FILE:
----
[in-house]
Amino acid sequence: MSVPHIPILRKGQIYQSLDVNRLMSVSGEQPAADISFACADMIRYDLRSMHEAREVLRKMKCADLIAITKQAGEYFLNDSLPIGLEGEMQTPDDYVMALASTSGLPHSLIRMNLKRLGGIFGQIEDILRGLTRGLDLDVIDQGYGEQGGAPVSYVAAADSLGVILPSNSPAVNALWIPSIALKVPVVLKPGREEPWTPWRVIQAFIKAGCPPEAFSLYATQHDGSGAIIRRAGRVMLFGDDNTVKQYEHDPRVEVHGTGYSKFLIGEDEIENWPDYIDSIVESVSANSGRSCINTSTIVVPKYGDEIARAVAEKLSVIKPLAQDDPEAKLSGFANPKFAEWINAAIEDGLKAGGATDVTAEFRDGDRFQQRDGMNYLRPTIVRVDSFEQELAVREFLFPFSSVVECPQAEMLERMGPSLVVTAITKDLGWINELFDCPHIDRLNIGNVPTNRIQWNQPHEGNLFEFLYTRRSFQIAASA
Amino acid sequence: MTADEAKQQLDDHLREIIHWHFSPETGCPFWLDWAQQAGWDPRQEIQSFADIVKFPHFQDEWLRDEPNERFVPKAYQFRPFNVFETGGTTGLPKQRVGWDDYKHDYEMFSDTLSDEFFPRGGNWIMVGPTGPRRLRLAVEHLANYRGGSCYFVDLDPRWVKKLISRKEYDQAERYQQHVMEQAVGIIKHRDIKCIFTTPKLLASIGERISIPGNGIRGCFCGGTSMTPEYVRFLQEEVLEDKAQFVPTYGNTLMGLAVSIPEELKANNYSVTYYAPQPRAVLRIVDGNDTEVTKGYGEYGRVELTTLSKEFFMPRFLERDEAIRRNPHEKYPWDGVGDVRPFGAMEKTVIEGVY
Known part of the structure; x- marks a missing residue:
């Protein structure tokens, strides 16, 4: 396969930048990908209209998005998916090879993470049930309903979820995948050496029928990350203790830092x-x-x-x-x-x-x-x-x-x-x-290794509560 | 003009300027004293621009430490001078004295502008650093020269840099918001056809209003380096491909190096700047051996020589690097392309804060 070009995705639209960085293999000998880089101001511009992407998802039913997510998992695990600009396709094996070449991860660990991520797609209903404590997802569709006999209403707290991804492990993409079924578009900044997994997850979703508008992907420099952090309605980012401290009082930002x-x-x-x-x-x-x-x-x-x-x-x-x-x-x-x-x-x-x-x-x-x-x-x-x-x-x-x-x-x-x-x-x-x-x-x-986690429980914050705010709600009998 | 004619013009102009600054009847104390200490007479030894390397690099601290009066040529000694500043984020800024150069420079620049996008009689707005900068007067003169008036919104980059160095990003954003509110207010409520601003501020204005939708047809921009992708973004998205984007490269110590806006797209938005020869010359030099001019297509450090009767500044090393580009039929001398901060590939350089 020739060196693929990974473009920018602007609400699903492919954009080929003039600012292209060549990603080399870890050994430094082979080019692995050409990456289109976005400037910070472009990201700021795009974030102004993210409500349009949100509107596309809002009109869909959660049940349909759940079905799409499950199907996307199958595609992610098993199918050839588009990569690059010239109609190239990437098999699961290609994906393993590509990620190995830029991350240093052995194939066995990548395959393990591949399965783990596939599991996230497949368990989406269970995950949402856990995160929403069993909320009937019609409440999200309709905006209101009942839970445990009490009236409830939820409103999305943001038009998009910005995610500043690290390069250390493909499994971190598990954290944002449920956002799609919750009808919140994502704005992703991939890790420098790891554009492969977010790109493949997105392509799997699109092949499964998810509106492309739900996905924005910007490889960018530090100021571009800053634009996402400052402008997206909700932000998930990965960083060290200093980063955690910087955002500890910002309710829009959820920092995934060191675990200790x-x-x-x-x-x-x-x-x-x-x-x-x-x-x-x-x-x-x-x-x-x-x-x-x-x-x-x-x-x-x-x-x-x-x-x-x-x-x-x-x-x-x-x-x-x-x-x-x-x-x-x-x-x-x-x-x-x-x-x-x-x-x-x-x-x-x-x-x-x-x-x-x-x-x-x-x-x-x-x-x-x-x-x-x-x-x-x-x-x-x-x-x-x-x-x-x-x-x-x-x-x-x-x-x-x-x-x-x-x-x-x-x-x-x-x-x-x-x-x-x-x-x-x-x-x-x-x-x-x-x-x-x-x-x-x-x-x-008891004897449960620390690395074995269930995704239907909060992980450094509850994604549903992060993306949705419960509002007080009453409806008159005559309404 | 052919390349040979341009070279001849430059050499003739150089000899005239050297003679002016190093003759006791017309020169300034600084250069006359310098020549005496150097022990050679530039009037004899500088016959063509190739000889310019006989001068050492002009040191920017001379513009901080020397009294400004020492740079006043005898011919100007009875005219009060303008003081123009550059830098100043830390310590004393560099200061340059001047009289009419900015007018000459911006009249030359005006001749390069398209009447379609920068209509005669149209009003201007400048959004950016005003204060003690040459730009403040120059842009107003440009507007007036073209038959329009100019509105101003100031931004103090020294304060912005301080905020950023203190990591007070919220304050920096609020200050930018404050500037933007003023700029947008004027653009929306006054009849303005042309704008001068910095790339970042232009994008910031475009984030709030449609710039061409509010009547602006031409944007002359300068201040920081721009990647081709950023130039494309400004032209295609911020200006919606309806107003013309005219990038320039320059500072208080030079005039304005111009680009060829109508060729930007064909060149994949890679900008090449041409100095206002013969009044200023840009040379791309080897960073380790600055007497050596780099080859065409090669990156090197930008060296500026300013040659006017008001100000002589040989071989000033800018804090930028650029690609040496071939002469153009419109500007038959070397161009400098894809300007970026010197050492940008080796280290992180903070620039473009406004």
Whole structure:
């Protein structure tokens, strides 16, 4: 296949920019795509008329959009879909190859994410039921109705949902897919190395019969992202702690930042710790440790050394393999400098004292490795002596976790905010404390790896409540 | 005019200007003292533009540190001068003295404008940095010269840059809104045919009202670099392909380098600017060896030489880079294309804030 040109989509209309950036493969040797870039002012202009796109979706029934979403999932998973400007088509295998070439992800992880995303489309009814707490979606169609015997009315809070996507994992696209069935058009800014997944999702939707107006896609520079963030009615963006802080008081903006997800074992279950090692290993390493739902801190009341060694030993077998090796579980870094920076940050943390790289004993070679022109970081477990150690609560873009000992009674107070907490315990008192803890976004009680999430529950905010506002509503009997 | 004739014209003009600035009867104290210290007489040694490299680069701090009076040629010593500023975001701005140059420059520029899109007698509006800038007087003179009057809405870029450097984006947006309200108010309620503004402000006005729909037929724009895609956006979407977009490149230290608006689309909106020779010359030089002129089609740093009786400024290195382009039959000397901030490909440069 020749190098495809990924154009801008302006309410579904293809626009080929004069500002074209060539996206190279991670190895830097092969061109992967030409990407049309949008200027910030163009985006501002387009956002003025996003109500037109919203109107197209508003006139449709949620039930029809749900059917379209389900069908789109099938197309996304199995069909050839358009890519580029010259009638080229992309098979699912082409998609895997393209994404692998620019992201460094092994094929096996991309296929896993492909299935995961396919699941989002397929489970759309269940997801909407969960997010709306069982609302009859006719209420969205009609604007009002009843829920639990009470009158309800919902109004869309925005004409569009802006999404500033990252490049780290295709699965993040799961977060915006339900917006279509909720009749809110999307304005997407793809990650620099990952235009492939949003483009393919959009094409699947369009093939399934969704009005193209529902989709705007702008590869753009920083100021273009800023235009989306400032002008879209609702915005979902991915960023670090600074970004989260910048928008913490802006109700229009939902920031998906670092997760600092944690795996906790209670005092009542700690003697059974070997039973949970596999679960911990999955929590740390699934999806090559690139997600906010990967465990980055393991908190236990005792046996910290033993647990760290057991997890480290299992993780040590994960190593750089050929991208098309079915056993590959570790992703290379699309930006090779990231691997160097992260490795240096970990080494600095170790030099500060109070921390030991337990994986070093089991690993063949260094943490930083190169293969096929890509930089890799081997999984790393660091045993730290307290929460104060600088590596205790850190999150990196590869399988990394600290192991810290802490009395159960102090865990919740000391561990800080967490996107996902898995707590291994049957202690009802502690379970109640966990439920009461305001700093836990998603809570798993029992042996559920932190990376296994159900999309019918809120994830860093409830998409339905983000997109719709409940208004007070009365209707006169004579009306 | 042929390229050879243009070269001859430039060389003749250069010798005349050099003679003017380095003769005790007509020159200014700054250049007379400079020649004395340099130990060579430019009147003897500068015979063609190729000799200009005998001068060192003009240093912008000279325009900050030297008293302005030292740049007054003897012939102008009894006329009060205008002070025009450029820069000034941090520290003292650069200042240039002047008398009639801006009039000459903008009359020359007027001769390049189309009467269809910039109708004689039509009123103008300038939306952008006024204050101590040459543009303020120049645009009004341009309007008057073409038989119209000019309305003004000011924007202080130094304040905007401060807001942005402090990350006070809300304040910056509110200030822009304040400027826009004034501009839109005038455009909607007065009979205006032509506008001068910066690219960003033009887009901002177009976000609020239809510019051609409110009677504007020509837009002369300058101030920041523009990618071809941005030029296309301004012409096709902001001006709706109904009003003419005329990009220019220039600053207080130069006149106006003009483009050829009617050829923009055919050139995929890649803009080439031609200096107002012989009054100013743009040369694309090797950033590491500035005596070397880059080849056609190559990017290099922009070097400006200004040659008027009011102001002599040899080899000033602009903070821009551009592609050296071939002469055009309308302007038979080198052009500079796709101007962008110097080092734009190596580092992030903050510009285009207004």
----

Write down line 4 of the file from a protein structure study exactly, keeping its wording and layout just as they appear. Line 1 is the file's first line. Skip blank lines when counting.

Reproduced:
Known part of the structure; x- marks a missing residue: